The gas can be blown against the coated surface at an angle of 30° to 90° to the coated surface, and the distance between the exit of blowing nozzle and the coated surface can be as near as possible, usually 0.5 to 2 cm.
The coating efficiency can also be enhanced by warming at about 50° to 100°C the paint, the surface to be coated or the gas to be blown. In addition where desired any two of these can be warmed or all these can be warmed.
The invention will be further described by reference to the accompanying drawings.
Referring now to FIG. 1, a paint is extruded in a filament form from a coating means 2 with a nozzle onto a surface 1 to be coated. The coating means is moved reciprocally while moving the coating means to the left and right to form a coated surface. A gas is blown against the coated surface from a means 3 for blowing a gas which includes a gas jet opening thereby to smoothen the coated surface. The blowing means can also be moved reciprocally and/or to the left and right.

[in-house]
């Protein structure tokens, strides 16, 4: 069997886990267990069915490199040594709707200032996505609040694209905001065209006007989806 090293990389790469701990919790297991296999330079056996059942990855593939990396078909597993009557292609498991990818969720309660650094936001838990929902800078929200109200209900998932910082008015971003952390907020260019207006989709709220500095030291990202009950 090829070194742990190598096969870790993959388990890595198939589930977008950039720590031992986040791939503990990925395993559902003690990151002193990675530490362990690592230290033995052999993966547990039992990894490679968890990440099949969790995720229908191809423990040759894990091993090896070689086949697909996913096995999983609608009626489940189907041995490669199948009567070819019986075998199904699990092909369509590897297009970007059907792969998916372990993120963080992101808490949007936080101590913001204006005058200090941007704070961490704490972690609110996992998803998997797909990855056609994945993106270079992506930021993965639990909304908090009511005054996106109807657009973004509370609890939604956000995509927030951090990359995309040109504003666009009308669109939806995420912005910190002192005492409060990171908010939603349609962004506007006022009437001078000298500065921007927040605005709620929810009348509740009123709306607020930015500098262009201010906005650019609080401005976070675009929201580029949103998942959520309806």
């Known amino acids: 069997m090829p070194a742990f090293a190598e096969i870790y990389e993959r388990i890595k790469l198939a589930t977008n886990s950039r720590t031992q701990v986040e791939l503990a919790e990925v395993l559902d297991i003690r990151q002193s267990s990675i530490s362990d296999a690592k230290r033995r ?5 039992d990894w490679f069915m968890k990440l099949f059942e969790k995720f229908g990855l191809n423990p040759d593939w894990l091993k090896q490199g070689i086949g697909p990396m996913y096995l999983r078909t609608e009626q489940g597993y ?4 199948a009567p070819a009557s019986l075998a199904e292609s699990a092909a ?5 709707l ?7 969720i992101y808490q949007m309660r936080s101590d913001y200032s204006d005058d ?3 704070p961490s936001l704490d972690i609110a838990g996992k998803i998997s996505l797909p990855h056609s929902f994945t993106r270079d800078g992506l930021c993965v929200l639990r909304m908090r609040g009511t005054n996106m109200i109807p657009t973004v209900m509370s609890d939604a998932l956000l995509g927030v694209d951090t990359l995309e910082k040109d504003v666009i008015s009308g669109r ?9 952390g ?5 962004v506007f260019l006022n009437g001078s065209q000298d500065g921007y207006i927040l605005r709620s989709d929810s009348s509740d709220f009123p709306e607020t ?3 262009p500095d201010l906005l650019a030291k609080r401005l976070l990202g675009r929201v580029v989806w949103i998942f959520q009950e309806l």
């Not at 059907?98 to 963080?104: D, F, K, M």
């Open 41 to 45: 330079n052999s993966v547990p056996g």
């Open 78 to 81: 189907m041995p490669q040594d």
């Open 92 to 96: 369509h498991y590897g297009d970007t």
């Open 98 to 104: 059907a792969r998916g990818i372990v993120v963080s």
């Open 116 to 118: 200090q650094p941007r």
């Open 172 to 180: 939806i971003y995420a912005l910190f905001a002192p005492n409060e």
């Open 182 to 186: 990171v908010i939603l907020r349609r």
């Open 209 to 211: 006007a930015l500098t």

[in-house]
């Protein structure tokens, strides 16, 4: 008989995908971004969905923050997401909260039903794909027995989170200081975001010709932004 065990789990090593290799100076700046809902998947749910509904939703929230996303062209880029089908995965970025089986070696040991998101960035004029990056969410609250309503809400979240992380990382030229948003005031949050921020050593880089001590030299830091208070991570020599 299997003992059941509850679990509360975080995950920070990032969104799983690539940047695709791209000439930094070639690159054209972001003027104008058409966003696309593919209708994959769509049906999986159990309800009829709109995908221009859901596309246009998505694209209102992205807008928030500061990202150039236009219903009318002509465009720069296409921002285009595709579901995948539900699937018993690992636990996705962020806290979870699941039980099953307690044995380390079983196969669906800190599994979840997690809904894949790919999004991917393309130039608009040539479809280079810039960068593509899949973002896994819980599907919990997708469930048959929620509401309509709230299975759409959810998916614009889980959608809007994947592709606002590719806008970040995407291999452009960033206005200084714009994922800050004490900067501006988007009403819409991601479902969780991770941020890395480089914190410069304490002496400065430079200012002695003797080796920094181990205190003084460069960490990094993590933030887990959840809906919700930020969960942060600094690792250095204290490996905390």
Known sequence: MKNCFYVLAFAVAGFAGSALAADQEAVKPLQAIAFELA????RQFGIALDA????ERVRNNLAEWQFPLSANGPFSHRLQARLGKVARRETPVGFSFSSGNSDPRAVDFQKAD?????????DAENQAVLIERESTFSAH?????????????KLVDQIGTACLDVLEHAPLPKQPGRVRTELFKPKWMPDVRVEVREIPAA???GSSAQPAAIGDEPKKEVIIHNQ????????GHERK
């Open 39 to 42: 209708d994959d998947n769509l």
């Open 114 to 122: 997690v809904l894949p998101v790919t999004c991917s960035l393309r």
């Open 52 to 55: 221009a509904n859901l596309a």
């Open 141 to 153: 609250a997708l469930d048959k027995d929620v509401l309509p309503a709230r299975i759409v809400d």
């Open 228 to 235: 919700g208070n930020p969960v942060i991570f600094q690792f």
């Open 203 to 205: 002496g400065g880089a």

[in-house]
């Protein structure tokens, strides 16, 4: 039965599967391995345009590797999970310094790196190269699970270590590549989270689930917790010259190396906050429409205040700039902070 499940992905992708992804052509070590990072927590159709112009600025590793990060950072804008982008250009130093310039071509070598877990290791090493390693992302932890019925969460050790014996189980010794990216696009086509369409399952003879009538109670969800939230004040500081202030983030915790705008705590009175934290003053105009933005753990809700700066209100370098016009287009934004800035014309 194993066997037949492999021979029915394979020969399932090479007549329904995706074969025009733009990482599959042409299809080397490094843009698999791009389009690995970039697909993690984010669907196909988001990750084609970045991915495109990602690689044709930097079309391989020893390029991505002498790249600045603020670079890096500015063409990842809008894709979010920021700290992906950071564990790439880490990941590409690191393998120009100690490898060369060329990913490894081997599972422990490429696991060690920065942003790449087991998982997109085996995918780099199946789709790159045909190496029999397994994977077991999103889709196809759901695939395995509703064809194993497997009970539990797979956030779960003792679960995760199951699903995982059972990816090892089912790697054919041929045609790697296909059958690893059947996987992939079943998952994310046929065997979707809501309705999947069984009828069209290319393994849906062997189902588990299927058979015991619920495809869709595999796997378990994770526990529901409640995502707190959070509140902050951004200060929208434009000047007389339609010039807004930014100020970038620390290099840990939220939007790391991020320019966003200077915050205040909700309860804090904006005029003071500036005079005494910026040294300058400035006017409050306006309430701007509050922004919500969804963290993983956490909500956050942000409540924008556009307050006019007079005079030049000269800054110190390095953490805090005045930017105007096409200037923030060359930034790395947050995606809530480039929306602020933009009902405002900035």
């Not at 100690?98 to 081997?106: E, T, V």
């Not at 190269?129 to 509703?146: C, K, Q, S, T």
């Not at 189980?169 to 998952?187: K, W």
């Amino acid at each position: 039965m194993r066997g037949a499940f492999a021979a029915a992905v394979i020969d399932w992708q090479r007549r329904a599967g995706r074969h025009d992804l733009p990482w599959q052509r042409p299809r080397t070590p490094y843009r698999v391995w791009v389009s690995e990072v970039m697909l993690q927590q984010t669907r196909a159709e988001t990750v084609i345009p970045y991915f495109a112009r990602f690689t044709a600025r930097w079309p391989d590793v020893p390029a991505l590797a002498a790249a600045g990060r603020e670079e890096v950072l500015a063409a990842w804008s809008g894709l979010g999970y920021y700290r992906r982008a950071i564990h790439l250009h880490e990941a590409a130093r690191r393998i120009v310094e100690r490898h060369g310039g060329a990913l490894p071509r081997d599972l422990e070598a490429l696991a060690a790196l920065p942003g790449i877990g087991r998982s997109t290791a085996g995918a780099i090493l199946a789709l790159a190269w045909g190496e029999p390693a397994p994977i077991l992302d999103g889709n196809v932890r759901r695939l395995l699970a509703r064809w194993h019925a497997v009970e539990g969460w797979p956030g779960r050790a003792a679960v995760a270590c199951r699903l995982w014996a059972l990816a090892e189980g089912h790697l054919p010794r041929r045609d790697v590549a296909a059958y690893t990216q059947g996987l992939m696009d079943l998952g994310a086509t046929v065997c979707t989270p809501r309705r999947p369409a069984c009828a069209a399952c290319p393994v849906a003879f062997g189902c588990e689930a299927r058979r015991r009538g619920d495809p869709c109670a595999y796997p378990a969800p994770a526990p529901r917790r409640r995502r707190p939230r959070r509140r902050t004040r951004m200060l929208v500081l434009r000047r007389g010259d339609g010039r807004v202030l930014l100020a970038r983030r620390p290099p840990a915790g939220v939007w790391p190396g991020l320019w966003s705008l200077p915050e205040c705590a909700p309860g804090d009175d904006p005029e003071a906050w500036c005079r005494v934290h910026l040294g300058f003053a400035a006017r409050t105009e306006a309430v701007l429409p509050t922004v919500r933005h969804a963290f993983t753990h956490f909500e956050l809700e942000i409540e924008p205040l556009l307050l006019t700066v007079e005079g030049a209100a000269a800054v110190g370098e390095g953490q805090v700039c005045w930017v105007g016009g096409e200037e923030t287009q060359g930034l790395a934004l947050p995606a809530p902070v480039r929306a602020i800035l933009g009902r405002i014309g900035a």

The application of the method of this invention to bottles is shown in FIG. 2. A bottle 9 is maintained in a horizontal position by a chuck 10 provided in a conveyor 11, and a paint is extruded down onto its surface from a nozzle of a coating means 7. The coating means 7 is moved by a moving means 6 to form a convoluted pattern on the surface of the bottle 9. Air is then blown against the coated surface by a blowing means 5 having an air jet opening thereby to smoothen the surface. The reference numeral 8 represents an air curtain excluding a region that does not require coating.